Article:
Importance of the Pastor as a Catalyst for Missions

The Pastor is called to be a preacher/teacher within the body of faith.  This place of leadership gives him a unique authority and influence in the local church.  When the shepherd of the flock leads, the flock will follow.   This is crucial for the general health of the church but also for the missional health of the body of Christ.

The pastor is called to be God’s strategist for the local mission field but is also critical for God’s command to take the Gospel to the nations.  When the pastor has a passion for missions the church will be ignited to go into all the world for the sake of the Gospel.

The pastor is vital in:

  • Casting a missional vision.  If it is not said from the pulpit most in the pews do not think it is important.
  • Helping the body of Christ understand lostness.  When the pastor is consumed by the urgency of our work for Christ, it will overflow to the people in the pews.
  • Making missions a regular and important part of worship. Missions should flow from the worship of God.  We were created to give God glory.  When we meet God in worship, it stirs our hearts to make His name known among all the nations.  The pastor plays a key role by seeking ways to make missions a part of worship (preaching on missions, showing mission clips, praying for missions, highlighting mission offerings, using missions’ illustrations in his message, inviting missionaries to speak).
  • Preaching the Word faithfully and challenging the people to live life on mission for Christ.
  • Leading by example.  The church will never be more committed than their leader.
  • Fostering the development of missionaries within the congregation by seeking to grow and encourage those in the family of faith to serve and surrender to a missions’ calling.  Pastors are called to equip up the saints, so that these disciples may be sent out on mission for Christ.
  • Developing a comprehensive mission strategy to move the church to reach its Jerusalem, to have impact in the church’s Judea and Samaria, and to take the Gospel to the farthest corners of the globe.
  • Being an encourager of missions and missionaries.  Invite missionaries to your church and help the church to build relationships with missionaries.
  • Promoting missions giving.  This is the lifeblood of missions, and when we give cooperatively we can do more for the Kingdom than any of us can alone.  The pastor plays a vital role in helping the church to understand why we give to missions and choose to work cooperatively as Southern Baptists.
  • Encouraging the church to pray for missions, unreached people, and missionaries.
  • Energizing the flock to “Go.”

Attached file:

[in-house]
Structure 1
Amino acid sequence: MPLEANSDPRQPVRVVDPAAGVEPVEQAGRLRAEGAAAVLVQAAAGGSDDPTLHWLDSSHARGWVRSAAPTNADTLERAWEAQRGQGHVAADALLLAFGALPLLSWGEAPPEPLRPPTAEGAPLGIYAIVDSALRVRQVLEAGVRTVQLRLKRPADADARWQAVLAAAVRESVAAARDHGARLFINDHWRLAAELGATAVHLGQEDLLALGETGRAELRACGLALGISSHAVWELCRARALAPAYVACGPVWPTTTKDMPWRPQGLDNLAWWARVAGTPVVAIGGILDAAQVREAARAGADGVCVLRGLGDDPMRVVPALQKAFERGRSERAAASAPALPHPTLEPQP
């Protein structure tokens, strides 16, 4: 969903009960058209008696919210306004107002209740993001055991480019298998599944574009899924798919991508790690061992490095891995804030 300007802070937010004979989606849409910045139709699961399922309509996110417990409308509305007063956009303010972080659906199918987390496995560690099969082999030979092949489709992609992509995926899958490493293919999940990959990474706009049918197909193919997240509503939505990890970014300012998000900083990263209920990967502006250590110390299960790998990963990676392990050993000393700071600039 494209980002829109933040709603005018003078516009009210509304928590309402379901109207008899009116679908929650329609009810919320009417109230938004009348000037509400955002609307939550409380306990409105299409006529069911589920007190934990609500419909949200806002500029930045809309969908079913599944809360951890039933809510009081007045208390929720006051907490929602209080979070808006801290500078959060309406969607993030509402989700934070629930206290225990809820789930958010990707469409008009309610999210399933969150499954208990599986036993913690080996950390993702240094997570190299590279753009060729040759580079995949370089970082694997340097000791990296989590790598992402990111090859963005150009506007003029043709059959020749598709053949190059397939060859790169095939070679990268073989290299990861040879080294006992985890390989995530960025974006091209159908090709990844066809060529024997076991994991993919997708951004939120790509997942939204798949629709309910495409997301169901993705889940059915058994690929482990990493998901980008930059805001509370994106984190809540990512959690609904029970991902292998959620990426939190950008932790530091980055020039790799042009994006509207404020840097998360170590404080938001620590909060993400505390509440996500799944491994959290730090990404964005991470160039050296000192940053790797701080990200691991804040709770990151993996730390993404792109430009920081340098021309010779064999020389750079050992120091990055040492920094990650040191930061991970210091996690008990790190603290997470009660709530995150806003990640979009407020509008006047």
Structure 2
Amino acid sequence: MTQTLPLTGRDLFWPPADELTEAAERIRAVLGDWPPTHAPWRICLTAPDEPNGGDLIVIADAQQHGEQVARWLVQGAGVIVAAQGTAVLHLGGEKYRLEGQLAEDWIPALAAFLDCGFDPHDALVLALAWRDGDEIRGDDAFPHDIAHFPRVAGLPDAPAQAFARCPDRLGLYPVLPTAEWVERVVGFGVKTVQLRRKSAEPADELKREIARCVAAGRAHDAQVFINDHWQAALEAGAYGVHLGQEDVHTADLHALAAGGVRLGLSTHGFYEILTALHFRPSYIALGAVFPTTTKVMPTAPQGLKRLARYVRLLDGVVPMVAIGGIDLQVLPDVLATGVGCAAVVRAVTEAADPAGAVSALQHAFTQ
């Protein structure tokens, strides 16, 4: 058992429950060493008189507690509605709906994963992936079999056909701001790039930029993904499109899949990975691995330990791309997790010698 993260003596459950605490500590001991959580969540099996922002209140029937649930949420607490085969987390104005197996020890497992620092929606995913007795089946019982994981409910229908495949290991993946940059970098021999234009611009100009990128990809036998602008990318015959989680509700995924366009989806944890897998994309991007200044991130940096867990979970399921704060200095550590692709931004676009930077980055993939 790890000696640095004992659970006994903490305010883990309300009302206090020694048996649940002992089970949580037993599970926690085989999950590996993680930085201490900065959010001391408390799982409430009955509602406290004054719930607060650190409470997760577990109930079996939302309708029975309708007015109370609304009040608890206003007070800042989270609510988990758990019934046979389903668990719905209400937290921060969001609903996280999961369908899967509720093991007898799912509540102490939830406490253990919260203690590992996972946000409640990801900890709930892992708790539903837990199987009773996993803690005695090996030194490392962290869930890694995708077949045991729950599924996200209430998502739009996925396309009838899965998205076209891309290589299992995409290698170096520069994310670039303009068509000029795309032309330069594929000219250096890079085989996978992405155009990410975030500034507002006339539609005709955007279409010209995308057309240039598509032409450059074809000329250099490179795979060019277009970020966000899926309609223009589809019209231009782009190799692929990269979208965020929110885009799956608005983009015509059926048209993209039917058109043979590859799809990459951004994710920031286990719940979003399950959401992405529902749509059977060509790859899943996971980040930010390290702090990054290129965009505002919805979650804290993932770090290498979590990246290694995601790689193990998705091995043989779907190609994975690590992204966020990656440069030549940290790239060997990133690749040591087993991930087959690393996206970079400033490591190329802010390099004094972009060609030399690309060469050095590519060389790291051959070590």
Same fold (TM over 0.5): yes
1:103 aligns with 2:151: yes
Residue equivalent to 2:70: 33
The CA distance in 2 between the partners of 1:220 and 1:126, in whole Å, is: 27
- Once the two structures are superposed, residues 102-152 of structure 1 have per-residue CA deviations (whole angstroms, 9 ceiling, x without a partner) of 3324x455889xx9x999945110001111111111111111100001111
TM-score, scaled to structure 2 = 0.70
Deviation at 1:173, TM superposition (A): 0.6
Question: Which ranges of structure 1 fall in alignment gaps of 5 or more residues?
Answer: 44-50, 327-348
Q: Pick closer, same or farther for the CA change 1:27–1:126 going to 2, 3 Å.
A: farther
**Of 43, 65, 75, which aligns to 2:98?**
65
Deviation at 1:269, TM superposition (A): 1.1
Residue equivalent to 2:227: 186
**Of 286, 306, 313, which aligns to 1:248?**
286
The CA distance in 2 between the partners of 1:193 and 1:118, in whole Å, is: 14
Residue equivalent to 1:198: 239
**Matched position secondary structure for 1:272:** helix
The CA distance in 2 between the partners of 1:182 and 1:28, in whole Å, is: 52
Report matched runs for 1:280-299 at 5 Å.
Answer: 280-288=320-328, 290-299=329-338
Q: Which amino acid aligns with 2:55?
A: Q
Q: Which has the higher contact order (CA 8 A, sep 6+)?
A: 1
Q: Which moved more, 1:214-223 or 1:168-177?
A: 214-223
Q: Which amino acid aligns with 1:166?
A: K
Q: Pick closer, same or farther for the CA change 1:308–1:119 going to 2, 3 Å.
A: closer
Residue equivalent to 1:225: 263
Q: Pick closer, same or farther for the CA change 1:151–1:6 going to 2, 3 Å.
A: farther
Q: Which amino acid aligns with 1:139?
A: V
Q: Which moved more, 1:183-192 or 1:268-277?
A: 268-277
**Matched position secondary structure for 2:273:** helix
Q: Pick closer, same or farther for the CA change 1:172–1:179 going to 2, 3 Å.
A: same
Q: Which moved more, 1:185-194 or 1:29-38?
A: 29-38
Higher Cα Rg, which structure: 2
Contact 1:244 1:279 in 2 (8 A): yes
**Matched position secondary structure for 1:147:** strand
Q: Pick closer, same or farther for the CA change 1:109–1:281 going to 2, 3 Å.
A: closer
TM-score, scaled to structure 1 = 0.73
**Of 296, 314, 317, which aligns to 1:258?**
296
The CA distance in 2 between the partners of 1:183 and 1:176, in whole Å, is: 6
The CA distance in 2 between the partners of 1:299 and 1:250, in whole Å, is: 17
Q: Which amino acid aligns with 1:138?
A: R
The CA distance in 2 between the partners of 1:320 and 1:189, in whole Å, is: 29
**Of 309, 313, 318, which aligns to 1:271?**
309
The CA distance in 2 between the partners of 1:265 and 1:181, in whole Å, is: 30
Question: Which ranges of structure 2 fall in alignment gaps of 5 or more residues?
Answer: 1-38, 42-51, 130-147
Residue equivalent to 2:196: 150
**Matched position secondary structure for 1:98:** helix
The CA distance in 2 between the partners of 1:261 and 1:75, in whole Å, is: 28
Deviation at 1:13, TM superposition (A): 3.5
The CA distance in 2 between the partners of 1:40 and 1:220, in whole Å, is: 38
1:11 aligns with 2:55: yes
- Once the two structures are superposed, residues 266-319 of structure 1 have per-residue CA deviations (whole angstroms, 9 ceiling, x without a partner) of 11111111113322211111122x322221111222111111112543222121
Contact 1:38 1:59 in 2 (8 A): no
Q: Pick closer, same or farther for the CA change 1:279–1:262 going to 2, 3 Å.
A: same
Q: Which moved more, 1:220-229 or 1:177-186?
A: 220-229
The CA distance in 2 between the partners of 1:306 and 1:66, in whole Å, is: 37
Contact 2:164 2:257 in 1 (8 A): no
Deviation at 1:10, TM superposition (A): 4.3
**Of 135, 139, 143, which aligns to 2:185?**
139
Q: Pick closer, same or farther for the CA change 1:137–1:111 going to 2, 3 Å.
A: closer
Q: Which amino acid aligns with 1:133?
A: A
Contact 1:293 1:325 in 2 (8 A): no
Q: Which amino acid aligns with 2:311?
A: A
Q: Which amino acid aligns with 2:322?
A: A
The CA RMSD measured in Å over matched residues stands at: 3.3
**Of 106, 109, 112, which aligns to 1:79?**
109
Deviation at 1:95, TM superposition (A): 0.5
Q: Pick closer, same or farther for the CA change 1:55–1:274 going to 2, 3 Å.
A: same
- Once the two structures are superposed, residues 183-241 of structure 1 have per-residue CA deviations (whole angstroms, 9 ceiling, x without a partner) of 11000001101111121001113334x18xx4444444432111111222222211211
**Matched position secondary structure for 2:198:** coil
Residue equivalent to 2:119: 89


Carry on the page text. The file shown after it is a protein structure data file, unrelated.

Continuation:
The strength or weakness of each local church’s missionary strategy, missionary support, and missionary outreach will depend, more than any other one element, on the mission-mindedness of its pastor.   

Hope in a Christmas Backpack

Matthew 9:36 challenges us to reach compassionately the harassed and helpless. No demographic is more helpless than children. Here in Kentucky, 26% of our children live in poverty, that’s one out of every four children.  

For the 985,000 children in Kentucky who live in poverty, Christmas doesn’t always come with the promise of gifts—or even a Christmas meal. Every day is more about survival than celebration. But we can help change that.

One very practical way that we can reach compassionately the needy children in our state is through Christmas backpacks.

Last year, almost 8,000 Christmas backpacks were collected in Kentucky for distribution by missionaries and church planters.  Each backpack is a tangible expression of God’s love as it is filled with gifts of clothing, toys and food items. But the greatest gift within each backpack is a copy of the true Christmas story.  Many children have never heard the “true” Biblical Christmas story.

Last year, there were hundreds of decisions for Christ as a result of the gospel message that is shared with each backpack.  An exciting thing about those decisions is that many of them were made by parents and grandparents of the children receiving the backpacks.  The backpacks don’t just provide hope to a needy child, they impact the whole family.

When the backpacks are received by children living in difficult circumstances, not only are the children and their families affected, so are those who prepare and pack the backpacks.  Many churches report that their whole congregation was involved in this ministry, young and old, including those who can’t travel on a mission trip. Some churches reported that working together on the backpacks helped them to focus outwardly on the needs of others rather than upon internal church issues.

Evangelist Dwight L. Moody said, “If I could relive my life, I would devote my entire ministry to reaching children for God!”   How devoted are you to reaching children for God?

Let me challenge you and your church or small group to commit to preparing and packing backpacks for children to receive this Christmas. Time is running out because backpacks must be ready for delivery by early October. It all starts with you – but ends in someone coming to know Jesus Christ and the true Christmas story.

For more information, or to commit your group’s participation in the Christmas Backpack Project, visit:  www.kybaptist.org/backpacks